In 1997 Southwest’s efforts paid off with the Shelby Amendment, which added Alabama, Mississippi, and Kansas to the allowed destinations. Southwest began nonstop service between Dallas Love Field and Birmingham, Alabama.
Southwest hired their first black pilot, Louis Freeman, in 1980. In 1992 he was named the first black chief pilot of any major U.S. airline.
Southwest’s Houston Pilot Base opened on June 1, 1984. Houston was their first crew base outside of Dallas.
On November 30, 1984 Southwest took delivery of their first Boeing 737–300. Southwest was the launch customer and as of May 2012 is the largest operator of the aircraft type. The first 737-300 was dubbed “Kitty Hawk.”
Southwest paid US$60.5 million in stock and cash for Muse Air when Muse was on the verge of collapse in 1985. After completing the acquisition, Southwest renamed MuseAir TranStar Airlines. TranStar became a wholly owned subsidiary of Southwest and operated as an independent airline. Unwilling to compete in a fare war against Frank Lorenzo’s Texas Air, Southwest eventually sold TranStar’s assets to Lorenzo in August 1987.
Southwest moved into their current headquarters in 1990. Previously, the airline was headquartered in the 1820 Regal Row building in Dallas, by Love Field. At that time the headquarters had 256,000 square feet (23,800 m2) of space and approximately 650 employees. The current headquarters facility was built at a cost of $15 million in 1990 dollars. In early 1995 the building received an additional 60,000 square feet (5,600 m2) of space. As of 2006 about 1,400 employees worked in the three story building.
In 1990, the airline registered their aircraft in Houston so they could pay aircraft taxes in Houston, even though the actual corporate headquarters were in Dallas. Southwest was not physically relocating any assets, but Texas state law allowed the airline to choose either Dallas or Houston as the city of registry of their aircraft.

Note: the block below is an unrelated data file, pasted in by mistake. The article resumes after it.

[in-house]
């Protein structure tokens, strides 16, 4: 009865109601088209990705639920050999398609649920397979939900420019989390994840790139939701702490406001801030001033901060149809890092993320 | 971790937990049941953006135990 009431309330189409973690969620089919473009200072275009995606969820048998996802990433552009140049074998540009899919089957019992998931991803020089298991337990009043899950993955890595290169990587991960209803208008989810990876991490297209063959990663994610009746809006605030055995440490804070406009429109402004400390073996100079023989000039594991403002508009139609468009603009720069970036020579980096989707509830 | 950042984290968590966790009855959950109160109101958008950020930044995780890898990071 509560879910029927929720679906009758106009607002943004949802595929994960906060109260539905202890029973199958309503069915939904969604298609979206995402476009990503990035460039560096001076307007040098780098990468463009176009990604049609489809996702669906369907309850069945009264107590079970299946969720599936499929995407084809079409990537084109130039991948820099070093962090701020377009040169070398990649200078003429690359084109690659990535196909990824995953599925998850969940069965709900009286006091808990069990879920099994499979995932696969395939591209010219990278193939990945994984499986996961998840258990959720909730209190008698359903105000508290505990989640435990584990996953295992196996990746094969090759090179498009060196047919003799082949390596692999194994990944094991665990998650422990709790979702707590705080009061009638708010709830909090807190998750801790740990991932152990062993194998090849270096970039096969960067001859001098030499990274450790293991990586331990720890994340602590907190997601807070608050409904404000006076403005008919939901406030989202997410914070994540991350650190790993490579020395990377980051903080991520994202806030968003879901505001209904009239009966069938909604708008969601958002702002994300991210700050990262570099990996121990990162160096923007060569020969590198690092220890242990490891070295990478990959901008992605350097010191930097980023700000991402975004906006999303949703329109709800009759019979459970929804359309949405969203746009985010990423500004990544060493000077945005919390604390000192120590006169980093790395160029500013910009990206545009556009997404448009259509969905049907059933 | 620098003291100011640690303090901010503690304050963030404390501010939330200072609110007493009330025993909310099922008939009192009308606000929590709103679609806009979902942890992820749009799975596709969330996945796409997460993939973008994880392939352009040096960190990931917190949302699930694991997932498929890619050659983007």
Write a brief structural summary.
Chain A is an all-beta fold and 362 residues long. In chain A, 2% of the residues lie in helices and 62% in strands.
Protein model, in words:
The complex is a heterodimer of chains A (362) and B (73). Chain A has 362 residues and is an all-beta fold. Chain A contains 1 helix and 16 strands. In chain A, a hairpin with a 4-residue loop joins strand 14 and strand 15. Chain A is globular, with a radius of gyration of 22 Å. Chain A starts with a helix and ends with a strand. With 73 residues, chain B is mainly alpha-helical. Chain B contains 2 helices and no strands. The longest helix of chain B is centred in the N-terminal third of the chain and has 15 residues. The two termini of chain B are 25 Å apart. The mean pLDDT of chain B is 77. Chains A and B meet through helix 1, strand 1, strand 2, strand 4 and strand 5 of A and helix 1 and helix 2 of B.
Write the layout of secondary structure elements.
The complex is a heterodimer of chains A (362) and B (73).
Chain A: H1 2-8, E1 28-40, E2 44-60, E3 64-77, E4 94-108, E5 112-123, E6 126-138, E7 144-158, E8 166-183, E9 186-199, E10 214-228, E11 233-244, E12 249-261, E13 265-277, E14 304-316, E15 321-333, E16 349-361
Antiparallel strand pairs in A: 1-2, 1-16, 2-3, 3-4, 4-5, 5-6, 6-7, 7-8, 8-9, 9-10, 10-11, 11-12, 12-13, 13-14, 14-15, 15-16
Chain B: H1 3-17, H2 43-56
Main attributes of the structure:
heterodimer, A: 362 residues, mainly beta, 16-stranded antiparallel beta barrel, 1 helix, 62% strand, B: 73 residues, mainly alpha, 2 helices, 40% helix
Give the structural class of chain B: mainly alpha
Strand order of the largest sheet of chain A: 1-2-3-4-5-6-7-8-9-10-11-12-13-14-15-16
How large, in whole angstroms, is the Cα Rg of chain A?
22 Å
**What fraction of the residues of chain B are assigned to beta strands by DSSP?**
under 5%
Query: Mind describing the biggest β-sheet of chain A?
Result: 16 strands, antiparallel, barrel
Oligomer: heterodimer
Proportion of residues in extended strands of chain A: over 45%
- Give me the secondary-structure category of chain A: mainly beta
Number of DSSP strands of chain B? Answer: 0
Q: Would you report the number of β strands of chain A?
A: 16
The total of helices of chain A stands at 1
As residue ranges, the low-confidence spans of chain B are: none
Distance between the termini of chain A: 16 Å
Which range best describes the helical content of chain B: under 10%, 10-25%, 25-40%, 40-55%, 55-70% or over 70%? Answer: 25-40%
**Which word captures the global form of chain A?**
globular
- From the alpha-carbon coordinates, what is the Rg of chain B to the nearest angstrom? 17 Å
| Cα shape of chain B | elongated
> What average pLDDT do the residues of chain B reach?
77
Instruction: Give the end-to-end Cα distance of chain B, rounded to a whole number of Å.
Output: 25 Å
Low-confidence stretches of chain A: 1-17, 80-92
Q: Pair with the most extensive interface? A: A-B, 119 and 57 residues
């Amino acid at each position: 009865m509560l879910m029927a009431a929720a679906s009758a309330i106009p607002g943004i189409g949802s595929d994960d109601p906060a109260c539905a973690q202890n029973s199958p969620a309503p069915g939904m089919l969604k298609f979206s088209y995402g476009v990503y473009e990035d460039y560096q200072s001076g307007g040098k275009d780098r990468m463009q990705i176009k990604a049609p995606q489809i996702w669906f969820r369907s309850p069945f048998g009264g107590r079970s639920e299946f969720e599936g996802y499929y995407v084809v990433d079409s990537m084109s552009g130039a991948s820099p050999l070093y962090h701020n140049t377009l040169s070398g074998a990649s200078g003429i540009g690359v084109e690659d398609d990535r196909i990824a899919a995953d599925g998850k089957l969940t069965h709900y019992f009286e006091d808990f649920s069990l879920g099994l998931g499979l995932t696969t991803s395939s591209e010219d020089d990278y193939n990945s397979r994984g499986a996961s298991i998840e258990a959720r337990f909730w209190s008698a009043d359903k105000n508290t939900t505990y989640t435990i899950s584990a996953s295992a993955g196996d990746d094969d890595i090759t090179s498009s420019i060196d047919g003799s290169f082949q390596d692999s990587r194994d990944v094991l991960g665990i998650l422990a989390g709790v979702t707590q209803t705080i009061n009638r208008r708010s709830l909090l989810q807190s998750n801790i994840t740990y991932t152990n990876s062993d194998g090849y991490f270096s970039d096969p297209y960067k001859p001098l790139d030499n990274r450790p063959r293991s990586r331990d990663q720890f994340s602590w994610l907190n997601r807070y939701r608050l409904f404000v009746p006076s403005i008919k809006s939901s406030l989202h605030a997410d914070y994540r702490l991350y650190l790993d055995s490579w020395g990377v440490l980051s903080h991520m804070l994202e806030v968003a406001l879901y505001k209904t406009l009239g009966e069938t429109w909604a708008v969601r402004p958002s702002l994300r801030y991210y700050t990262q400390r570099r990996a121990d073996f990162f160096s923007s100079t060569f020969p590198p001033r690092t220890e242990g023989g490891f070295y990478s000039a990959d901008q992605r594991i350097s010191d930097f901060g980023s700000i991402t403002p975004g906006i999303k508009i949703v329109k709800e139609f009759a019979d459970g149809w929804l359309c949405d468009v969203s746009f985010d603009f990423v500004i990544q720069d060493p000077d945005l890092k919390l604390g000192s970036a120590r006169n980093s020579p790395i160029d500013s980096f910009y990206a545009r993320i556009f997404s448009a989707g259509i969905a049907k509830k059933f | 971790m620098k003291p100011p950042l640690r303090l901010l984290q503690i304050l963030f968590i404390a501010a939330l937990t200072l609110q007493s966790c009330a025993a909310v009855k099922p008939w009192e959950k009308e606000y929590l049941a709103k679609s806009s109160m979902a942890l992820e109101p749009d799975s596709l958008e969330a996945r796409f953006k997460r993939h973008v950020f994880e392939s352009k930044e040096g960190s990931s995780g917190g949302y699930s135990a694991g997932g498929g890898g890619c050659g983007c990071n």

Southwest acquired Morris Air, a competing airline based in Salt Lake City, Utah, in 1992, paying US$134 million in stock. After completing the purchase, Southwest absorbed the capital and routes of Morris Air into Southwest’s inventory and service, including Morris’ Pacific Northwest destinations not previously served by Southwest. One founder of Morris Air, David Neeleman, worked with Southwest for a short period before leaving to found WestJet and then JetBlue Airways, a competing airline.
On March 16, 1995, Southwest became one of the first airlines to have a website. Originally called the “Southwest Airlines Home Gate”, passengers could view schedules, a route map, and company information at Iflyswa.com. Southwest.com is the number one airline website for online revenue, according to PhoCusWright. Nielsen/Netratings also reports that Southwest.com is the largest airline site in terms of unique visitors. In 2006, 70 percent of flight bookings and 73 percent of revenue was generated from bookings on southwest.com. As of June 2007, 69 percent of Southwest passengers checked in for their flights online or at a kiosk.
Southwest Airlines gained a reputation for “outside the box thinking” and proactive risk management, including the use of fuel hedging to insulate against fuel price fluctuation. Some analysts have argued against the style of profit-motivated energy trading Southwest did between 1999 and the early 2000s. They suggested that rather than hedging business risk (such as a hedge on weather to a farmer), Southwest was simply speculating on energy prices, without a formal rationale for doing so.
At present, Southwest has enjoyed much positive press (and a strong financial boost) from their energy trading skills. However, while most analysts agree that volatility hedges can be beneficial, speculative hedges are not widely supported as a continuing strategy for profits.
In March 1996, the airline announced that it would begin to build a 300,000 square feet (28,000 m2) addition to the existing corporate headquarters at a cost of $30 million in 1996 dollars. This occurred after, on Wednesday March 13, 1996, the Dallas City Council unanimously voted to allow for the construction. The airline leased two additional tracts of land, a total of 10 acres (4.0 ha) of space, from the City of Dallas to build a new pilot training facility, a headquarters expansion, and additional parking spaces. A $9.8 million new pilot training facility was built on a 5 acres (2.0 ha) plot of land owned by the city of Dallas; it was scheduled to be completed Spring 1997. With the new pilot training facility built, the old one would be removed and the company would expand its headquarters building to the north. 120,000 square feet (11,000 m2) of building space, which had a price of $16 million including fixtures, was built, making the headquarters have a total of 436,000 square feet (40,500 m2). The airline also leased 4.8 acres (1.9 ha) from the city of Dallas to build additional parking; 700 spaces were added to the existing 1,200. After the facilities announced in 1996 were added, Southwest had a total leasehold of about 24 acres (9.7 ha) of land, including its headquarters, training facilities, and parking. By the end of 1997 the expansion of the facilities at Love Field and several terminal improvements were expected to cost Southwest $47 million.